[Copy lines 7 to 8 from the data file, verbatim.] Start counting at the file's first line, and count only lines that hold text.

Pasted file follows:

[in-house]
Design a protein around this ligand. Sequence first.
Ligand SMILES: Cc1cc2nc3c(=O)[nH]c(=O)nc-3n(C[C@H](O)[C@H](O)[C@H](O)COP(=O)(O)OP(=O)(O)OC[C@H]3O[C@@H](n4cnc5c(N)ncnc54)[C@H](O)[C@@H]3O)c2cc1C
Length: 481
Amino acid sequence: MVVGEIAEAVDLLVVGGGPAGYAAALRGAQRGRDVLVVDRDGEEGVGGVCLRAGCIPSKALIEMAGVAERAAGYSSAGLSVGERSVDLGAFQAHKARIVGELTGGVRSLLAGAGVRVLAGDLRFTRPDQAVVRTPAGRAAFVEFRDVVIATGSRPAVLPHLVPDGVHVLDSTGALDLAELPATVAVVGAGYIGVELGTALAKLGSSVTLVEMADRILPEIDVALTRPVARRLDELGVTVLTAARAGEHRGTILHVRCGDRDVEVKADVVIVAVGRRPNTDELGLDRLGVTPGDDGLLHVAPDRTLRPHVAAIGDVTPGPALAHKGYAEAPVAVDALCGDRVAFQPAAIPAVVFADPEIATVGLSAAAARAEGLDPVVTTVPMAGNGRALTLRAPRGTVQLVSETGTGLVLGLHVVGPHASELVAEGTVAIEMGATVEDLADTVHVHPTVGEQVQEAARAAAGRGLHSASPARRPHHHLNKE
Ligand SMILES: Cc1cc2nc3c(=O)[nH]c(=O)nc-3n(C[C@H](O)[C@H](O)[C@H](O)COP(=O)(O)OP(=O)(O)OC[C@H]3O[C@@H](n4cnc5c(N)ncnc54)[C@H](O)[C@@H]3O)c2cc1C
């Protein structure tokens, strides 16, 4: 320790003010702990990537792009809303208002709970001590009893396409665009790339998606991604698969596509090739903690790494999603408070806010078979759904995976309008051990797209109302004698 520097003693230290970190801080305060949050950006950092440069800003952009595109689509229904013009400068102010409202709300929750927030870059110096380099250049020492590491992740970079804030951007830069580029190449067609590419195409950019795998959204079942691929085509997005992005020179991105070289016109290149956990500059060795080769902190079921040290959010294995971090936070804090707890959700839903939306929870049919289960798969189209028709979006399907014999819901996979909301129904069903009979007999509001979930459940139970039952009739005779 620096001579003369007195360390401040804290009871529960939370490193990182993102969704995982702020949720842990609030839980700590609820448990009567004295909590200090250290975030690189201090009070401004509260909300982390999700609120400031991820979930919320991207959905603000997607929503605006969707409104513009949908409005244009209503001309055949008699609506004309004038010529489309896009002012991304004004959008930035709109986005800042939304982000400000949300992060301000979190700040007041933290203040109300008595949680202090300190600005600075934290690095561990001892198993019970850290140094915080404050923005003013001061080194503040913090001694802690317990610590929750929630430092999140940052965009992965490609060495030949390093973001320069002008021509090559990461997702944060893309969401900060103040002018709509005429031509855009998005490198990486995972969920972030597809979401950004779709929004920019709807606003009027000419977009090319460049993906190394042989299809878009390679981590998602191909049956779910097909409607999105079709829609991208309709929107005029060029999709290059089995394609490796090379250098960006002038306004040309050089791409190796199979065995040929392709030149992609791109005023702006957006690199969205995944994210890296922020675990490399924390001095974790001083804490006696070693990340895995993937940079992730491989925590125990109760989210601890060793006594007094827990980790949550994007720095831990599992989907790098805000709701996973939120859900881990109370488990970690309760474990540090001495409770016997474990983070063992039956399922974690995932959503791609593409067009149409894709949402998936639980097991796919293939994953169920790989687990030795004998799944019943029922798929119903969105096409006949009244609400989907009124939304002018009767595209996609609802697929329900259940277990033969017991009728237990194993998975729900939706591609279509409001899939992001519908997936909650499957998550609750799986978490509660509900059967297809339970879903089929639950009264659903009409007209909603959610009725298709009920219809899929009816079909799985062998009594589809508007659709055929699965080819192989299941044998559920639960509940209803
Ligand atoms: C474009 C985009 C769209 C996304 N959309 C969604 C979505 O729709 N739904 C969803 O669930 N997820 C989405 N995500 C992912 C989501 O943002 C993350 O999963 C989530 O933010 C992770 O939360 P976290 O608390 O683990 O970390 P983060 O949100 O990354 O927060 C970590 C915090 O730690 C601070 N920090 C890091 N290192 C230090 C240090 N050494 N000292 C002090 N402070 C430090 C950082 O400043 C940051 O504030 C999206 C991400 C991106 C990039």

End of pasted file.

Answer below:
């Protein structure tokens, strides 16, 4: 320790003010702990990537792009809303208002709970001590009893396409665009790339998606991604698969596509090739903690790494999603408070806010078979759904995976309008051990797209109302004698 520097003693230290970190801080305060949050950006950092440069800003952009595109689509229904013009400068102010409202709300929750927030870059110096380099250049020492590491992740970079804030951007830069580029190449067609590419195409950019795998959204079942691929085509997005992005020179991105070289016109290149956990500059060795080769902190079921040290959010294995971090936070804090707890959700839903939306929870049919289960798969189209028709979006399907014999819901996979909301129904069903009979007999509001979930459940139970039952009739005779 620096001579003369007195360390401040804290009871529960939370490193990182993102969704995982702020949720842990609030839980700590609820448990009567004295909590200090250290975030690189201090009070401004509260909300982390999700609120400031991820979930919320991207959905603000997607929503605006969707409104513009949908409005244009209503001309055949008699609506004309004038010529489309896009002012991304004004959008930035709109986005800042939304982000400000949300992060301000979190700040007041933290203040109300008595949680202090300190600005600075934290690095561990001892198993019970850290140094915080404050923005003013001061080194503040913090001694802690317990610590929750929630430092999140940052965009992965490609060495030949390093973001320069002008021509090559990461997702944060893309969401900060103040002018709509005429031509855009998005490198990486995972969920972030597809979401950004779709929004920019709807606003009027000419977009090319460049993906190394042989299809878009390679981590998602191909049956779910097909409607999105079709829609991208309709929107005029060029999709290059089995394609490796090379250098960006002038306004040309050089791409190796199979065995040929392709030149992609791109005023702006957006690199969205995944994210890296922020675990490399924390001095974790001083804490006696070693990340895995993937940079992730491989925590125990109760989210601890060793006594007094827990980790949550994007720095831990599992989907790098805000709701996973939120859900881990109370488990970690309760474990540090001495409770016997474990983070063992039956399922974690995932959503791609593409067009149409894709949402998936639980097991796919293939994953169920790989687990030795004998799944019943029922798929119903969105096409006949009244609400989907009124939304002018009767595209996609609802697929329900259940277990033969017991009728237990194993998975729900939706591609279509409001899939992001519908997936909650499957998550609750799986978490509660509900059967297809339970879903089929639950009264659903009409007209909603959610009725298709009920219809899929009816079909799985062998009594589809508007659709055929699965080819192989299941044998559920639960509940209803
Ligand atoms: C474009 C985009 C769209 C996304 N959309 C969604 C979505 O729709 N739904 C969803 O669930 N997820 C989405 N995500 C992912 C989501 O943002 C993350 O999963 C989530 O933010 C992770 O939360 P976290 O608390 O683990 O970390 P983060 O949100 O990354 O927060 C970590 C915090 O730690 C601070 N920090 C890091 N290192 C230090 C240090 N050494 N000292 C002090 N402070 C430090 C950082 O400043 C940051 O504030 C999206 C991400 C991106 C990039």